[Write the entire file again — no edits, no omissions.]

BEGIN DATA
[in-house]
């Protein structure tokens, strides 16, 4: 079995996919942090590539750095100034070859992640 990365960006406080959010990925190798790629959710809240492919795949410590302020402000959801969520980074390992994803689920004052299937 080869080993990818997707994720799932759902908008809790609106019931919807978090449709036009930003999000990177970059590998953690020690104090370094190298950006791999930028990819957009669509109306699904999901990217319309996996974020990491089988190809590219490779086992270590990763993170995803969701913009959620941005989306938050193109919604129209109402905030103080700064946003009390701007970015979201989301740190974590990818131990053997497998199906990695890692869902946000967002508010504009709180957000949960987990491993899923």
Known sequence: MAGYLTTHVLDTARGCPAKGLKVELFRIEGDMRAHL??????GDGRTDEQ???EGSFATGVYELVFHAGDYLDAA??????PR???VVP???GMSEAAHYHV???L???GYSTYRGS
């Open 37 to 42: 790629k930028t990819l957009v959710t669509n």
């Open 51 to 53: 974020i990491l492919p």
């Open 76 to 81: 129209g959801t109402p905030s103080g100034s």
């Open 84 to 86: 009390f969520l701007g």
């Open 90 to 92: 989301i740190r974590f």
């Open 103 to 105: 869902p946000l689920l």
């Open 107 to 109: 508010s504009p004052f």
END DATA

[in-house]
């Protein structure tokens, strides 16, 4: 079995996919942090590539750095100034070859992640 990365960006406080959010990925190798790629959710809240492919795949410590302020402000959801969520980074390992994803689920004052299937 080869080993990818997707994720799932759902908008809790609106019931919807978090449709036009930003999000990177970059590998953690020690104090370094190298950006791999930028990819957009669509109306699904999901990217319309996996974020990491089988190809590219490779086992270590990763993170995803969701913009959620941005989306938050193109919604129209109402905030103080700064946003009390701007970015979201989301740190974590990818131990053997497998199906990695890692869902946000967002508010504009709180957000949960987990491993899923």
Known sequence: MAGYLTTHVLDTARGCPAKGLKVELFRIEGDMRAHL??????GDGRTDEQ???EGSFATGVYELVFHAGDYLDAA??????PR???VVP???GMSEAAHYHV???L???GYSTYRGS
């Open 37 to 42: 790629k930028t990819l957009v959710t669509n």
């Open 51 to 53: 974020i990491l492919p």
């Open 76 to 81: 129209g959801t109402p905030s103080g100034s």
């Open 84 to 86: 009390f969520l701007g």
């Open 90 to 92: 989301i740190r974590f």
């Open 103 to 105: 869902p946000l689920l």
């Open 107 to 109: 508010s504009p004052f």